The Parable of the Old Piano -- By: Catherine Clark Kroeger

Journal: Priscilla Papers
Volume: PP 04:1 (Winter 1990)
Article: The Parable of the Old Piano
Author: Catherine Clark Kroeger

The Parable of the Old Piano

Catherine Clark Kroeger

President of Christians for Biblical Equality

As far back as I can remember, our summers have been spent on Cape Cod in the two hundred year old house which my great-great-grandfather built. The loft above the barn was a wonderful place to explore after one had made the precarious ascent up a rickety ladder. One day in a dark corner, my sister and I discovered lying on the floor a strange box with a piano keyboard. “A spinet!” she cried, “Just like Mozart’s!” By squatting down on a moldering board, we were able to play on the old keys and to elicit a strange tinkly sound. If our performance lacked any of the skill of the young Mozart, we were impervious. It was a wonderful game.

In time we grew too large to squeeze onto the board behind the keyboard, though we still talked affectionately of the old spinet. My sister’s piano teacher even told her that the instrument could be restored, but my parents did not show much interest. I once asked my mother why it was in the loft, and she replied, “It just didn’t work out in the house.”

Then came World War II and deaths and marriages and births and many other vicissitudes of life. We seldom remembered the old piano any more. When the barn roof developed a large gaping hole directly above it, I tossed on a tarpaulin to protect the poor old thing from torrents of rain. Whenever I thought of trying to restore it, I shuddered at the cost and quickly thought of something else. It would be a great inconvenience to have to make room for such a monster in the house.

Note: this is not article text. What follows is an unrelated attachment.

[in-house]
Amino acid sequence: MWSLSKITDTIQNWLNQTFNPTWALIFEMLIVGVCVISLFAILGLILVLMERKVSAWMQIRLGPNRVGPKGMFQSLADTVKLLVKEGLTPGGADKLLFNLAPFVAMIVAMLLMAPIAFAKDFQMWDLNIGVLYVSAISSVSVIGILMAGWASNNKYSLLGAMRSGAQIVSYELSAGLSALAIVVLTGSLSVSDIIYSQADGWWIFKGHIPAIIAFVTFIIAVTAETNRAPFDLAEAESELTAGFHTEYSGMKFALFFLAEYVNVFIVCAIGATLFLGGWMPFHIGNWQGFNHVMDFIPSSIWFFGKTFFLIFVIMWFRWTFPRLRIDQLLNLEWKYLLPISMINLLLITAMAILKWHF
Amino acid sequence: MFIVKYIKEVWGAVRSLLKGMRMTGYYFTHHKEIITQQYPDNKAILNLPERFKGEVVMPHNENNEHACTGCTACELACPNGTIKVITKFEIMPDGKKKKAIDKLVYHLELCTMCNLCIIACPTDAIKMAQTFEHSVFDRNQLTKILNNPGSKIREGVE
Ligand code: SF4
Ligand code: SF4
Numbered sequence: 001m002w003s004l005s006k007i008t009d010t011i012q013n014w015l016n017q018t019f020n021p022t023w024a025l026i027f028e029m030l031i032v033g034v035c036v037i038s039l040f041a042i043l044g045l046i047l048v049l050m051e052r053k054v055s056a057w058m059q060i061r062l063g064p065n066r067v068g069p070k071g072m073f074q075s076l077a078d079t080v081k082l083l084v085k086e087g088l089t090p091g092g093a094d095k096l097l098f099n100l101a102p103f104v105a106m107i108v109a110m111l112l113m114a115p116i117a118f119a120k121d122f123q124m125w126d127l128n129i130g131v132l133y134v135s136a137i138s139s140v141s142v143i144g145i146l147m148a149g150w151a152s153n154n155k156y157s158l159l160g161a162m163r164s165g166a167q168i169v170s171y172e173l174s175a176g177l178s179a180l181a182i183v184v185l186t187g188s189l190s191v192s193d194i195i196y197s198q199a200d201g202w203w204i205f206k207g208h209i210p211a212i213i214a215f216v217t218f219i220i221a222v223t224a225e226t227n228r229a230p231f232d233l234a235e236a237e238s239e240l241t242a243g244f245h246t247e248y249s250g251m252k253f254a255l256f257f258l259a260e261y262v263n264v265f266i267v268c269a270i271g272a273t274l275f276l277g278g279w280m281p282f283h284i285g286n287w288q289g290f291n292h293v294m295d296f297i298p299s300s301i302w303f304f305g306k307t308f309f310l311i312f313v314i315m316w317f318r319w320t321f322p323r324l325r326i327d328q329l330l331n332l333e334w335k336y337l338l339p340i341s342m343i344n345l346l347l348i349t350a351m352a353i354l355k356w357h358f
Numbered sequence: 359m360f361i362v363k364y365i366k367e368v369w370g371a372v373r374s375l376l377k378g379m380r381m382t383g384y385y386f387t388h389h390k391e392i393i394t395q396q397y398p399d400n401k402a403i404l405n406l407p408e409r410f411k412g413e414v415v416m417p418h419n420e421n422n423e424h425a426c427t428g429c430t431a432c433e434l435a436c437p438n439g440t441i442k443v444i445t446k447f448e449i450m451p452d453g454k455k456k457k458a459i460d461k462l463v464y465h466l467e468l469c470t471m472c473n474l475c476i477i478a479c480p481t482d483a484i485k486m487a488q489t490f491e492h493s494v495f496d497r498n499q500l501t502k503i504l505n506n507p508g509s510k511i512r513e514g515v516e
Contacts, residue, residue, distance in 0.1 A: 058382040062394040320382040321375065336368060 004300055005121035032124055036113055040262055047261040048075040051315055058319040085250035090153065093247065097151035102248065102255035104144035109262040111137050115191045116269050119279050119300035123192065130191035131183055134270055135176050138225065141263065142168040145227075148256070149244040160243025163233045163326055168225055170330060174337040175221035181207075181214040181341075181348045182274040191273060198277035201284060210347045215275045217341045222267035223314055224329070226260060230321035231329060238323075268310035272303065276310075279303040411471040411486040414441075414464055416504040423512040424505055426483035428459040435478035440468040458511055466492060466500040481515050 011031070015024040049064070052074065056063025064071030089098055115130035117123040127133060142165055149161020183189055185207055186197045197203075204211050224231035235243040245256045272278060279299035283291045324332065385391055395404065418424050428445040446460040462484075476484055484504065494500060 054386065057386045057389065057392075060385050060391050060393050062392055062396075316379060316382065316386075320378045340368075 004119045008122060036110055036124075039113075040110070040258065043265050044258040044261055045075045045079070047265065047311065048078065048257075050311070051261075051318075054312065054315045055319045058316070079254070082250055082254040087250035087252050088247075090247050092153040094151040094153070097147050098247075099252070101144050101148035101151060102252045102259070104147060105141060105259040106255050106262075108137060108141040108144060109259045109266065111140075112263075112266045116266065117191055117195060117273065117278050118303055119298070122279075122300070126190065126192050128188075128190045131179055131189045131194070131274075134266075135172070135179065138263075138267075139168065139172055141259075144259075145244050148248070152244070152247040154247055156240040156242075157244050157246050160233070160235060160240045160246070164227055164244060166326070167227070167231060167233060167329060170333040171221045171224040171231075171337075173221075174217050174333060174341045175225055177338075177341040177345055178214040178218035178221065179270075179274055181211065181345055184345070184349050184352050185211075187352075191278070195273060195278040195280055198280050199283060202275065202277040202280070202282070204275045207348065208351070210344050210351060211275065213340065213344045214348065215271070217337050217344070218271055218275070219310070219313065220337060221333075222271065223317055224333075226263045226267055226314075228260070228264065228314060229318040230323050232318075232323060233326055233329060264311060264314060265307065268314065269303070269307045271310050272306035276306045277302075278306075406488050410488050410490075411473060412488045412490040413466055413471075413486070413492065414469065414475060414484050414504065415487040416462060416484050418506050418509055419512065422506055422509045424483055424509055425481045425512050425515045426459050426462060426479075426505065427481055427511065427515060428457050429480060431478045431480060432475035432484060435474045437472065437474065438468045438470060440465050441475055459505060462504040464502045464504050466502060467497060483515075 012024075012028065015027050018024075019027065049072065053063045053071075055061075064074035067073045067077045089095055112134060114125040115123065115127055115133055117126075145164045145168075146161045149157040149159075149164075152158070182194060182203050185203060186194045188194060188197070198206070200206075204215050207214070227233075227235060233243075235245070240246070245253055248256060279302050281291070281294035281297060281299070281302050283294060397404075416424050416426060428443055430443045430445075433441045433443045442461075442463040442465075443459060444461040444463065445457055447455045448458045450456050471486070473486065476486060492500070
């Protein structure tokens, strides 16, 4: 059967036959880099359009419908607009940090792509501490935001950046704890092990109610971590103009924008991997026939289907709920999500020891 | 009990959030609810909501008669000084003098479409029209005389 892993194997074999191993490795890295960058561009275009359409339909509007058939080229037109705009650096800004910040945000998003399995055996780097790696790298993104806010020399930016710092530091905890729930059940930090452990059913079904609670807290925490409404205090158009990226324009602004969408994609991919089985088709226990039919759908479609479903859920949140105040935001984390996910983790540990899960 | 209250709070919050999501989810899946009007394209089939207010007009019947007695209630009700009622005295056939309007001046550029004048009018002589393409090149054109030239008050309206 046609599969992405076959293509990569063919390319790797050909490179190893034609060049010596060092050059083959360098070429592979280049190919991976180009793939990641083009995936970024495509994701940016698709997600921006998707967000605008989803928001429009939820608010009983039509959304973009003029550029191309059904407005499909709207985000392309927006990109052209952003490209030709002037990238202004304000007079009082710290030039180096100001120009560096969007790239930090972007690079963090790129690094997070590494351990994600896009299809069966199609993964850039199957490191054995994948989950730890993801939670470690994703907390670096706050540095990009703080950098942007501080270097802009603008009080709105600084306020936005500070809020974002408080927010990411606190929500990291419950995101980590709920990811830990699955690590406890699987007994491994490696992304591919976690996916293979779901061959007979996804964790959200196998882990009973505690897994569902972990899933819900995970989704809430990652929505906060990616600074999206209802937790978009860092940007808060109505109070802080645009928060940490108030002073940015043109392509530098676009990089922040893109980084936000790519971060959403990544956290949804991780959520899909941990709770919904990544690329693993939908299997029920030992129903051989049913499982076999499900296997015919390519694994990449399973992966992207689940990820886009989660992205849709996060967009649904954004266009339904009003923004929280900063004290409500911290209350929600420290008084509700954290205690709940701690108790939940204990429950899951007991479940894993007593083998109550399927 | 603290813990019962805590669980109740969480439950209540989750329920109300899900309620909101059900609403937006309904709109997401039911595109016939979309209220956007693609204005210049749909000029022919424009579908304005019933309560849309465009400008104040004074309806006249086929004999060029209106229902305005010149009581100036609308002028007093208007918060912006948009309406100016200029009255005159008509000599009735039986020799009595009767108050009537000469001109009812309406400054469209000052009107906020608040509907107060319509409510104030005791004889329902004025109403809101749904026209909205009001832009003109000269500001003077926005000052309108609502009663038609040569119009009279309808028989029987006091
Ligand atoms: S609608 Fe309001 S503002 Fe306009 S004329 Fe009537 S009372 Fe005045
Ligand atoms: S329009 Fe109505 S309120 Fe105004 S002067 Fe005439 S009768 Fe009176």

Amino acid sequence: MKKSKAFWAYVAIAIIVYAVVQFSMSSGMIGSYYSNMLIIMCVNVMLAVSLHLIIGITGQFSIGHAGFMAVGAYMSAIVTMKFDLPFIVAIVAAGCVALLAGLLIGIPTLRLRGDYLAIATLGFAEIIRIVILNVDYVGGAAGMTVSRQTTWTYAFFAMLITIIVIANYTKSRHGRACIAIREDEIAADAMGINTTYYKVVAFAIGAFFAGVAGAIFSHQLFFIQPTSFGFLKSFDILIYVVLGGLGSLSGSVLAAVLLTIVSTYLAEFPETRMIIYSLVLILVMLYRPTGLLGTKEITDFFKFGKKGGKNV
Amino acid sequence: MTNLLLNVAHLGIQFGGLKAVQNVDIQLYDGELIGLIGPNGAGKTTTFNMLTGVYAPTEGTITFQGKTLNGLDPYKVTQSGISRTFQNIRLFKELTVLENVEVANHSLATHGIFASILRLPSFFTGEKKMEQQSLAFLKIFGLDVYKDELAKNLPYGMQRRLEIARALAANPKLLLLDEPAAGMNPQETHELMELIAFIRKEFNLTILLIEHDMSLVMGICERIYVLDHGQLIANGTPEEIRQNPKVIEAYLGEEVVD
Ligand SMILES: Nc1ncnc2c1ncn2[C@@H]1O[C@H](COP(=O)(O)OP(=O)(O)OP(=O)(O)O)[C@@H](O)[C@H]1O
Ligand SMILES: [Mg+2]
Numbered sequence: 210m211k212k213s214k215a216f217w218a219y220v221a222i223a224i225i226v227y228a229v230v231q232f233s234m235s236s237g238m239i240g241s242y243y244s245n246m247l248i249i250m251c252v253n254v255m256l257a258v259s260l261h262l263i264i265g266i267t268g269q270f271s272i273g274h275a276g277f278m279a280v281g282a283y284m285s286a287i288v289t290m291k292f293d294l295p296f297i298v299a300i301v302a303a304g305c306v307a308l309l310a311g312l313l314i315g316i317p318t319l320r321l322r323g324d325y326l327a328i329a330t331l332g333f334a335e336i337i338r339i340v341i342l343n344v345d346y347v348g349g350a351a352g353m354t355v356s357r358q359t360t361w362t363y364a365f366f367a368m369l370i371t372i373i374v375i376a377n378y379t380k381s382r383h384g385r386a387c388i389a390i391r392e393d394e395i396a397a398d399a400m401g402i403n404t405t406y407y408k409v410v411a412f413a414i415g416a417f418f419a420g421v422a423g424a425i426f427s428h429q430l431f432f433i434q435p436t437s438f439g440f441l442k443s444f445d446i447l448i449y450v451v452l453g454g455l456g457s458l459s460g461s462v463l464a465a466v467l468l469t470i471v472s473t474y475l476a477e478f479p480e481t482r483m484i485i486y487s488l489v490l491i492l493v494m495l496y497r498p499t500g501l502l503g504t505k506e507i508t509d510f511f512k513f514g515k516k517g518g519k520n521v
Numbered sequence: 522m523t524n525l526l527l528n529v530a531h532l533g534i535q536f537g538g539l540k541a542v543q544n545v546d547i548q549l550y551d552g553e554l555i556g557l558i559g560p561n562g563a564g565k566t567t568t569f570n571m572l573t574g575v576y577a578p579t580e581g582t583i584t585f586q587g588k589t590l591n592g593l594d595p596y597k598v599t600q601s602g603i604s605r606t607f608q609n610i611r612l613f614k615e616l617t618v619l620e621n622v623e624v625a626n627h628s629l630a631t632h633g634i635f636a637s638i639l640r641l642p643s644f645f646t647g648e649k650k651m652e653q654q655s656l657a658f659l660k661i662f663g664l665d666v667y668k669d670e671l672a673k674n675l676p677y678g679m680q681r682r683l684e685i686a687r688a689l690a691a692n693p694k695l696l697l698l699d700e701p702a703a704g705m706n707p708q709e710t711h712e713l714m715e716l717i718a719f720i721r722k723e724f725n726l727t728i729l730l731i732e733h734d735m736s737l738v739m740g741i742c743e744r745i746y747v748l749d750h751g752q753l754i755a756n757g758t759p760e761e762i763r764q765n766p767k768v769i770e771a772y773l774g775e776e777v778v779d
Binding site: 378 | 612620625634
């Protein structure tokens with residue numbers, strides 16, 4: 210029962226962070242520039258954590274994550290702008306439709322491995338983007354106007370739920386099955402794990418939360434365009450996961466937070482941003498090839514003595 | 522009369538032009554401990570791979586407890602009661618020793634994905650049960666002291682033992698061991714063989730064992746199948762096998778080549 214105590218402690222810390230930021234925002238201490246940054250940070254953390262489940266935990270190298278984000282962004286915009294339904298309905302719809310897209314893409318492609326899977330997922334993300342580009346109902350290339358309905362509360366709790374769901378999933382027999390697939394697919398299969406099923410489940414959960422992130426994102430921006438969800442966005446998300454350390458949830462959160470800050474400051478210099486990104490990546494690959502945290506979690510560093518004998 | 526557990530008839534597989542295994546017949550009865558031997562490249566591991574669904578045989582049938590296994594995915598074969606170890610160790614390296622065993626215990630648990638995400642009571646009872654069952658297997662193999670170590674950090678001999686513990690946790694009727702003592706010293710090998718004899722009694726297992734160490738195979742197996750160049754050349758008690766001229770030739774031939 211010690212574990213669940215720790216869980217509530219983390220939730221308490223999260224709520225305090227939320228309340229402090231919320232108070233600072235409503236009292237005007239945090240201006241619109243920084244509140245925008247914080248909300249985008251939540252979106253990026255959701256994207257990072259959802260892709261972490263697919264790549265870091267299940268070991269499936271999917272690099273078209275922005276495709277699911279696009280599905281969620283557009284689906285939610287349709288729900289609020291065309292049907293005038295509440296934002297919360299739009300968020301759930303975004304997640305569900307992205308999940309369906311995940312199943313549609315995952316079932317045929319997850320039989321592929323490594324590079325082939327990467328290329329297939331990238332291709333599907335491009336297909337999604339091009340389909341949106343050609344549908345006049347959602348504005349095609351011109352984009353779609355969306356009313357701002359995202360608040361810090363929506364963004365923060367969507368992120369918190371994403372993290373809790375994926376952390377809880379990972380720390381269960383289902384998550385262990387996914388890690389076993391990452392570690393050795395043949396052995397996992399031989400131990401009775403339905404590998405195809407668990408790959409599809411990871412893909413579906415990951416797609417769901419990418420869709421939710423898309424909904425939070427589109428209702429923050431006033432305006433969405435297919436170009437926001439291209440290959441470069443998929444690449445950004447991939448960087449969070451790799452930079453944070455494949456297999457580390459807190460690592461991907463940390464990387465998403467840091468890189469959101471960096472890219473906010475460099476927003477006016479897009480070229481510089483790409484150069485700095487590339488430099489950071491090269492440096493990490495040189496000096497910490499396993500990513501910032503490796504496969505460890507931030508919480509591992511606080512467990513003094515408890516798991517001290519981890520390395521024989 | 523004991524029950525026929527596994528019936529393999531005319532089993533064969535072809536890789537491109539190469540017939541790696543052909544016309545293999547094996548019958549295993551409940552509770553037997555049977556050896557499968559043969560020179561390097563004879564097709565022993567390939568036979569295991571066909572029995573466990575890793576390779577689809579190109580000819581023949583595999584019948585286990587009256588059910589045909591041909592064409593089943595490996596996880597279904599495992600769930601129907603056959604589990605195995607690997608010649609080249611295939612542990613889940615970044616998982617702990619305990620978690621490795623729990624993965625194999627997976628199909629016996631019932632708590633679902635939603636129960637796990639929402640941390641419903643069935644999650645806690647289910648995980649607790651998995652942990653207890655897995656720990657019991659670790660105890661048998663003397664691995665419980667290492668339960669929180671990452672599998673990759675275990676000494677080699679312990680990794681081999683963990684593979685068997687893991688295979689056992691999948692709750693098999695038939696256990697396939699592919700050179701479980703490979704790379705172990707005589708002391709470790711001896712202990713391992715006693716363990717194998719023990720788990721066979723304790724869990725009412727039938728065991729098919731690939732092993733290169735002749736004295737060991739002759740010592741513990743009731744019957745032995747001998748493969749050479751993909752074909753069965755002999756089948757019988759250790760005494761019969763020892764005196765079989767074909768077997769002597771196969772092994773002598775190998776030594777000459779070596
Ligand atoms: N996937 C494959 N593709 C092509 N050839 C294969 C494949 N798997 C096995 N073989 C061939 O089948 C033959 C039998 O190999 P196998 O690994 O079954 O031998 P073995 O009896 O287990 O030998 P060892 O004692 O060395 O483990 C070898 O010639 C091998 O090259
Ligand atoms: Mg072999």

At last my husband retired, and we moved our possessions to the old house on Cape Cod. It soon became apparent that we were woefully short of storage space. The barn roof was repaired, and I was firmly told that I must clear everything out of the barn loft. My husband even offered his assistance in carting the monstrosity to the dump. But I could not dispose of an old friend so perfunctorily. Decency demanded some token effort on my part.

After some searching, I found a man who restores old pianos; and I even managed to coax him up the wobbly ladder and into the dark loft. He had brought along an electric torch, and I pointed out to him the dim form of the old piano. He moved beside the wall and said, “First I’ll just see if the name of the maker might be on it.” As he shone the flash-light above the keyboard, he gave a startled exclamation. “This is a John Broadwood piano!” Well, had he been expecting our poor old pet to be a Steinway? He began to explain that the piano had been made in London and that John Broadwood pianos stood in the museums of Europe and at the Smithsonian Institute. Broadwood had made a present of a grand piano to Beethoven in 1818, and it still stood in his house. Since ...

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